Education and Activism with the Jeunes laurentiens
Rosaire Morin was raised in rural Témiscouata County. After his primary education in that region, he moved to Rimouski and entered the seminary there for his classical studies. Although he had made some speeches during meetings of the Union des cultivateurs catholiques (Catholic farmers’ union) in his home region, his involvement in the nationalist movement really started in 1941 when he moved to Montréal, interrupting his education and joining the Jeunesses laurentiennes (also known as Jeunes laurentiens), a traditionalist and Catholic nationalist organization (see French Canadian Nationalism).
Through his hard work, Rosaire Morin rapidly rose through the ranks of the organization. He was president of the St-Louis-de-France parish Jeunesses laurentiennes in 1942, secretary-general of all Jeunes laurentiens in 1943 and president in 1945, a position he held until the organization was dissolved in 1950. In the Jeunesses laurentiennes, with his writing and speeches, Morin defended the importance of the Catholic faith and the uniqueness of the French Canadian people while protesting the second-class economic status of francophones and partisanship, which, according to him, needlessly divided the nation. As Jeunesses laurentiennes president, he formed relationships with other nationalist organizations like the Société Saint-Jean-Baptiste and the Ordre de Jacques-Cartier, an organization he joined in 1943.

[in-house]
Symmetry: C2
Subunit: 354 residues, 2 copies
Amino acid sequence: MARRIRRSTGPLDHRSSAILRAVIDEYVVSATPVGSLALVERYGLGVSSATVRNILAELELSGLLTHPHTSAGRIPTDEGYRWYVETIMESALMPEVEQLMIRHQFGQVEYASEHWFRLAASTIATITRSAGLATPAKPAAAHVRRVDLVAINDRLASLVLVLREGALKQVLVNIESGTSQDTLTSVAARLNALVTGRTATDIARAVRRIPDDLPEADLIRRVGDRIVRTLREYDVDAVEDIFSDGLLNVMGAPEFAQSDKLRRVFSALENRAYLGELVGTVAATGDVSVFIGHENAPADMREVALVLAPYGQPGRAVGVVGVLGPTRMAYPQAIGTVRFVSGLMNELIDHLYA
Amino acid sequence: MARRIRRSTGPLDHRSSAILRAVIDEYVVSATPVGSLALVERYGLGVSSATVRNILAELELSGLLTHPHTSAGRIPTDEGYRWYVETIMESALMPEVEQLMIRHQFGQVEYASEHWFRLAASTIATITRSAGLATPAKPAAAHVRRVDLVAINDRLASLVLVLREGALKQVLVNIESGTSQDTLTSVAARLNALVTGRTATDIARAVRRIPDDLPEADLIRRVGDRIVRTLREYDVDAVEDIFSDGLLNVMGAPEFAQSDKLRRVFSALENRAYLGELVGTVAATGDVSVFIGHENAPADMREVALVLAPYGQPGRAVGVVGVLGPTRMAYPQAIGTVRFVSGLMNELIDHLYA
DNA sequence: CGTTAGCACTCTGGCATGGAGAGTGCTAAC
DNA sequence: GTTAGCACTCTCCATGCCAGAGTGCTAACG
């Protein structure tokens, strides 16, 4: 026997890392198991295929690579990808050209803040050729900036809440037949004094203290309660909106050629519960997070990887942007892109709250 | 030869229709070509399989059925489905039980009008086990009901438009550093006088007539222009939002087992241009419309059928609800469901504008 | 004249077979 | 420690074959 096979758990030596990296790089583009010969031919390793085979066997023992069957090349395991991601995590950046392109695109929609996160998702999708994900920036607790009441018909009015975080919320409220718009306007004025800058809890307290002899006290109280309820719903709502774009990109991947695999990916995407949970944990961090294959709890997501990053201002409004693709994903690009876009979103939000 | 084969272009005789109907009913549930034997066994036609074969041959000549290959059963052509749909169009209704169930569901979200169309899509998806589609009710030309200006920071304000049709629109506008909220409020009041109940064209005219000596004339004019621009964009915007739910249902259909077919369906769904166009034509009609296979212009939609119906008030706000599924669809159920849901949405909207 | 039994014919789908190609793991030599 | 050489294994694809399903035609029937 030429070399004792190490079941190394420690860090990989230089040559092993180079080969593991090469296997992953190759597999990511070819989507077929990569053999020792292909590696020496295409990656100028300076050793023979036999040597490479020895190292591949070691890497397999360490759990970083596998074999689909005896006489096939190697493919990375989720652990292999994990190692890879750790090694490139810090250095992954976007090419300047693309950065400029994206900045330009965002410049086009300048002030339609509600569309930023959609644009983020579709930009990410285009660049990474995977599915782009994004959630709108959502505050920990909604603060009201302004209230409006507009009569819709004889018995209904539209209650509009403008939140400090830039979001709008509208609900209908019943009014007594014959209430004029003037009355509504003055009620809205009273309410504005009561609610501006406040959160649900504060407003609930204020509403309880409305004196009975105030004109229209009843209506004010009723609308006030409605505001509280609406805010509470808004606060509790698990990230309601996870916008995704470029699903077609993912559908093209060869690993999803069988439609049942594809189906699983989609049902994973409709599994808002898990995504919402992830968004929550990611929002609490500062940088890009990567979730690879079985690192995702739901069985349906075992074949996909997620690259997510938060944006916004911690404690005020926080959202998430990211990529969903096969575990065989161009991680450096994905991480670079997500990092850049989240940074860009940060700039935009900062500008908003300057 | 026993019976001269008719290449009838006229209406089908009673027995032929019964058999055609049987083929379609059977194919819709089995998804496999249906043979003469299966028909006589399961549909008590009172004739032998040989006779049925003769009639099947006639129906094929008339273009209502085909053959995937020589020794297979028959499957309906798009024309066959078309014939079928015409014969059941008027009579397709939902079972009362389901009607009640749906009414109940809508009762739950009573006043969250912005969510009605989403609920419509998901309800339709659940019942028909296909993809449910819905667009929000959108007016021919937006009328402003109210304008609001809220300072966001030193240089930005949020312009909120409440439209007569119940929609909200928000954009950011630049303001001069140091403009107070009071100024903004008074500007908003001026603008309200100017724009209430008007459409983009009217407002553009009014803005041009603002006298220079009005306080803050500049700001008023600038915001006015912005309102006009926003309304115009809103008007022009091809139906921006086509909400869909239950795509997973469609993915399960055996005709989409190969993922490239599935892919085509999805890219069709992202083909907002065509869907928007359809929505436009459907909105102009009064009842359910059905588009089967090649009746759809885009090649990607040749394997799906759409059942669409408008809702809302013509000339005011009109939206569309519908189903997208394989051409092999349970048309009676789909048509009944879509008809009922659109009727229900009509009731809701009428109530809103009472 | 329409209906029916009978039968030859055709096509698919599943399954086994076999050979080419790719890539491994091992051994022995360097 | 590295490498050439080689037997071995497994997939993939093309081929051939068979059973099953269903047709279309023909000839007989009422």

He fought for numerous causes, such as the struggle against conscription during the Second World War and the campaign for a Canadian embassy at the Vatican. Rosaire Morin was also involved in the Comité de propagande du drapeau, an organization founded in 1939 that attempted, through a public opinion campaign, to encourage the Québec government to adopt the fleurdelisé as the province’s official flag (see Provincial and Territorial Emblems). He became chairman of the committee in 1946 and saw its objective fulfilled in 1948 when Premier Maurice Duplessis adopted the fleurdelisé as the flag of Québec (see Fleur-de-lys).
Activism with the Ordre de Jacques-Cartier
Following the dissolution of the Jeunesses laurentiennes — probably due to financial difficulties — Rosaire Morin decreased his involvement in the 1950s and became an insurance agent, a profession he continued throughout his life. However, he became active again in 1963 when he started running the Montréal chapter of the Ordre de Jacques-Cartier (commonly known as “La Patente”), the Comité métropolitain de Montréal (CMM). In the CMM, Morin tried to counterbalance the influence of Franco-Ontarians in the Ordre de Jacques-Cartier. He was behind the publication of Manifeste: éléments d'une doctrine nationale pour les temps nouveaux. This text, which he wanted adopted as the Ordre's program, adopts neo-nationalistic rhetoric, insisting, for example, on the importance of Québec for French Canadians and defending statism (see Francophone Nationalism in Québec). In response to Morin's attempt to “Quebecify” the Ordre, Franco-Ontarian leaders formed a bloc to oppose the movement, a confrontation that finally led to the dissolution of the Ordre de Jacques-Cartier in 1965.